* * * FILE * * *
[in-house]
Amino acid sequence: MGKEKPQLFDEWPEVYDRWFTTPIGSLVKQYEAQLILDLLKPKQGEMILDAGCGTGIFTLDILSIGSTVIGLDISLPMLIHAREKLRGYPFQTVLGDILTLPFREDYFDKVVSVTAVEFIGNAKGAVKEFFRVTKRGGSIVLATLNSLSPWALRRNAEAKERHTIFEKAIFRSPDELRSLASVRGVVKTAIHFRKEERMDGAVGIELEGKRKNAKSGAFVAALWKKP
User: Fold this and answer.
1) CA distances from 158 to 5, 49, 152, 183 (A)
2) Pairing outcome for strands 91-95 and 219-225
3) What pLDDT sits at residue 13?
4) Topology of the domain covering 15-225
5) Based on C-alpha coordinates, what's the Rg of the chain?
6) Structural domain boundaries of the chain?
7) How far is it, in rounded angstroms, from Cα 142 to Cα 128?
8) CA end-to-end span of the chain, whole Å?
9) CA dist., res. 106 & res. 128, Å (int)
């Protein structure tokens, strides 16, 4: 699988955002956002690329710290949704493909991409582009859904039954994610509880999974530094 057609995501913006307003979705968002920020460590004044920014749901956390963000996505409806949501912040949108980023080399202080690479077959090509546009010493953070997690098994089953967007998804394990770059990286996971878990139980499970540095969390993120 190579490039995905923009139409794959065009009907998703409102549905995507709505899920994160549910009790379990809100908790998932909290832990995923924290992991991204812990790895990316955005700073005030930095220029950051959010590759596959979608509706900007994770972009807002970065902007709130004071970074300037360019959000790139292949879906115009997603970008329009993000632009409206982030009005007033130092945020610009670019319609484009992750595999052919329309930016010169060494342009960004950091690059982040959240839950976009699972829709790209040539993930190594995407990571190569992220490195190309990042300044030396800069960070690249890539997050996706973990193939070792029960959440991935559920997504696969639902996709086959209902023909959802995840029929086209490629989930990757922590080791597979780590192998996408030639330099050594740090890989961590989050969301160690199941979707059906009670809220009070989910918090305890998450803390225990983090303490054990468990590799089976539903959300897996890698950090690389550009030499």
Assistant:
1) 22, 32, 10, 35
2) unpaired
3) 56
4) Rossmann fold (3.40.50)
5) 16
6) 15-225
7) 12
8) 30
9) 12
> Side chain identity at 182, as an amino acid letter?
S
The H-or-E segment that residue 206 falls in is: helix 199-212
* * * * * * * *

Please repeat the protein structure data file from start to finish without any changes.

[in-house]
Amino acid sequence: MGKEKPQLFDEWPEVYDRWFTTPIGSLVKQYEAQLILDLLKPKQGEMILDAGCGTGIFTLDILSIGSTVIGLDISLPMLIHAREKLRGYPFQTVLGDILTLPFREDYFDKVVSVTAVEFIGNAKGAVKEFFRVTKRGGSIVLATLNSLSPWALRRNAEAKERHTIFEKAIFRSPDELRSLASVRGVVKTAIHFRKEERMDGAVGIELEGKRKNAKSGAFVAALWKKP
User: Fold this and answer.
1) CA distances from 158 to 5, 49, 152, 183 (A)
2) Pairing outcome for strands 91-95 and 219-225
3) What pLDDT sits at residue 13?
4) Topology of the domain covering 15-225
5) Based on C-alpha coordinates, what's the Rg of the chain?
6) Structural domain boundaries of the chain?
7) How far is it, in rounded angstroms, from Cα 142 to Cα 128?
8) CA end-to-end span of the chain, whole Å?
9) CA dist., res. 106 & res. 128, Å (int)
């Protein structure tokens, strides 16, 4: 699988955002956002690329710290949704493909991409582009859904039954994610509880999974530094 057609995501913006307003979705968002920020460590004044920014749901956390963000996505409806949501912040949108980023080399202080690479077959090509546009010493953070997690098994089953967007998804394990770059990286996971878990139980499970540095969390993120 190579490039995905923009139409794959065009009907998703409102549905995507709505899920994160549910009790379990809100908790998932909290832990995923924290992991991204812990790895990316955005700073005030930095220029950051959010590759596959979608509706900007994770972009807002970065902007709130004071970074300037360019959000790139292949879906115009997603970008329009993000632009409206982030009005007033130092945020610009670019319609484009992750595999052919329309930016010169060494342009960004950091690059982040959240839950976009699972829709790209040539993930190594995407990571190569992220490195190309990042300044030396800069960070690249890539997050996706973990193939070792029960959440991935559920997504696969639902996709086959209902023909959802995840029929086209490629989930990757922590080791597979780590192998996408030639330099050594740090890989961590989050969301160690199941979707059906009670809220009070989910918090305890998450803390225990983090303490054990468990590799089976539903959300897996890698950090690389550009030499």
Assistant:
1) 22, 32, 10, 35
2) unpaired
3) 56
4) Rossmann fold (3.40.50)
5) 16
6) 15-225
7) 12
8) 30
9) 12
> Side chain identity at 182, as an amino acid letter?
S
The H-or-E segment that residue 206 falls in is: helix 199-212